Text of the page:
A nun and a deceased priest were honored as “Righteous Gentiles” Tuesday for saving three Jewish children in France during the Holocaust.
The children did not know how they were saved until one of them began investigating their background in the 1990s, more than 45 years after the fall of the Nazi regime.
Sister Marie Emilienne received the medal and certificate of honor as did the nephew of the late Father Joseph Caupert at a ceremony at the French embassy and in the presence of Gabrielle Hochman, who survived the Holocaust in hiding at a Catholic orphanage.
Her family’s story of began in 1923, when David and Hella-Zyssa Hochman emigrated from Poland to France and settled in the city of Metz. They bore two children, Annie and René, and after the German invasion in 1940, they moved to Nice, where Gabrielle was born.
Three years later, Italian forces ruled the region after the Nazi occupation, and the Hochmans turned over their three children to the French Jewish humanitarian organization, Oeuvre de Secours aux Enfants (OSE). The OSE saved approximately 5,000 children, including non-Jews, during the war.
The Hochman parents went into hiding elsewhere, but the mother was sent to Auschwitz by the Nazis after the Gestapo caught her on her way to visit her children. She was murdered by the Nazis on November 2, 1942.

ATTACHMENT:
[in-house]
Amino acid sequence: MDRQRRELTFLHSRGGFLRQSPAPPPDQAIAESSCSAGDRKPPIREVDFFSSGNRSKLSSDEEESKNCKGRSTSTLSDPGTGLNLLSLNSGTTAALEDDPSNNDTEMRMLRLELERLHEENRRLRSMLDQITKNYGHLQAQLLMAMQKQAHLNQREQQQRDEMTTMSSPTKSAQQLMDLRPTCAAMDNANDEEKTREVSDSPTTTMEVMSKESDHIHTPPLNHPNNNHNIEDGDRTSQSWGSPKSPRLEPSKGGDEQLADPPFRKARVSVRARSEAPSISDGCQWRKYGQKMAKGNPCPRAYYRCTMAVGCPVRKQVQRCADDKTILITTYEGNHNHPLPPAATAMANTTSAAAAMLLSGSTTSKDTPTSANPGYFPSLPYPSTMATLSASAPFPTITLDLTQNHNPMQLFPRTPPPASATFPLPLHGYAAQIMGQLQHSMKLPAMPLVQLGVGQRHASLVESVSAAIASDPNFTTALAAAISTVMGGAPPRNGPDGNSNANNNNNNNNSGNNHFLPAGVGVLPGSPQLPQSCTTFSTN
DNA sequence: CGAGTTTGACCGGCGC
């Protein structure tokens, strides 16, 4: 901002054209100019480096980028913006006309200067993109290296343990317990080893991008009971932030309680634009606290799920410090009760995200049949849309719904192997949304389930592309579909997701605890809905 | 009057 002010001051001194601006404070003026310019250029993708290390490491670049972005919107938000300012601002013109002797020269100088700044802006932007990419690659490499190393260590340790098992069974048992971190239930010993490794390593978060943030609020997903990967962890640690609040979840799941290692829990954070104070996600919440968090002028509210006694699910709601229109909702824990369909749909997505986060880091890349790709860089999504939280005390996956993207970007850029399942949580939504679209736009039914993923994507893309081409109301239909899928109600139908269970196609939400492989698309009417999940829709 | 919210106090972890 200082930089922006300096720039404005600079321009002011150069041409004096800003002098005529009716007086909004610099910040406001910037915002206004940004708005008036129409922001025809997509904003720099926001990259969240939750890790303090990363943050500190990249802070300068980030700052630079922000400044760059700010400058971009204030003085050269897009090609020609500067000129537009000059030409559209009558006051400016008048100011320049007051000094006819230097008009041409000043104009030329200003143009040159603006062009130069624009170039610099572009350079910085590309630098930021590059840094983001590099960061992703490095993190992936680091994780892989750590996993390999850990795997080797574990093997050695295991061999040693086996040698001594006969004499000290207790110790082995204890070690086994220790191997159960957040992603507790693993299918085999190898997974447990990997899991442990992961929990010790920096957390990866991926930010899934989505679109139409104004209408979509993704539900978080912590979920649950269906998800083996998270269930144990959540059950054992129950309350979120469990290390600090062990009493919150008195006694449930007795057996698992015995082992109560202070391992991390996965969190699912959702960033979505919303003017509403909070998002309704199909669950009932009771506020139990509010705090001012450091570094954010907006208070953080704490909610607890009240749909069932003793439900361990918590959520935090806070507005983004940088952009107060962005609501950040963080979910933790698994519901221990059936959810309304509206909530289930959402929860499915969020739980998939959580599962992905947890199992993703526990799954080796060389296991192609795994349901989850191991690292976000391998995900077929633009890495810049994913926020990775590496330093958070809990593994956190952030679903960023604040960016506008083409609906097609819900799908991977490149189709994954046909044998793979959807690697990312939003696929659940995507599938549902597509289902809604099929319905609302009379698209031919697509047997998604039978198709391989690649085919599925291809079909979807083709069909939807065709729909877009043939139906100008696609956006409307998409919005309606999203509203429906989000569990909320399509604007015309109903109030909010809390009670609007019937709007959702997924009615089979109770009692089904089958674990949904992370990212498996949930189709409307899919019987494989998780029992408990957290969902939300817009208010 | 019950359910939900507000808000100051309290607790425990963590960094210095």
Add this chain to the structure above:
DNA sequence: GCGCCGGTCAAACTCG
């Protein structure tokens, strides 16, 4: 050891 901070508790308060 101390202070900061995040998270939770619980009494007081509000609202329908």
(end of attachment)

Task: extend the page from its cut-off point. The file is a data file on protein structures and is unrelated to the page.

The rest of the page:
The father, with the help of his Catholic brother-in-law, hid the children elsewhere, in a convent in Mende under the supervision of Father Joseph Caupert and Mother Superior Marie Rose Brugeron.
They and Sister Marie-Emilienne kept the girls’ Jewish identity secret, and the nun took it upon herself to protect Gabrielle whenever there was danger from the Nazis. She did not even disclose the girl’s Jewish identity to the nun who was taking care of her.
After the war, the father and his two girls were reunited but never discussed their experiences of the Holocaust. The fate of her brother Rene remains unknown.
Gabi began to ask questions in the 1990s and turned to the Association of Jewish Children Hidden during the Holocaust.
The OSE found her name on a list of children who were secretly hidden. She traveled to France in 1994 to meet Sister Marie-Emilienne, who was honored three years later in Mende.
Last year, the Commission for the Designation of the Righteous Among the Nations at Yad VaShem decided to award Father Joseph Caupert, Sister Marie-Emilienne and Mother Marie-Rose Brugeron the title of Righteous Among the Nations.
The ceremony recognizing Mother Marie-Rose Brugeron will take place in France.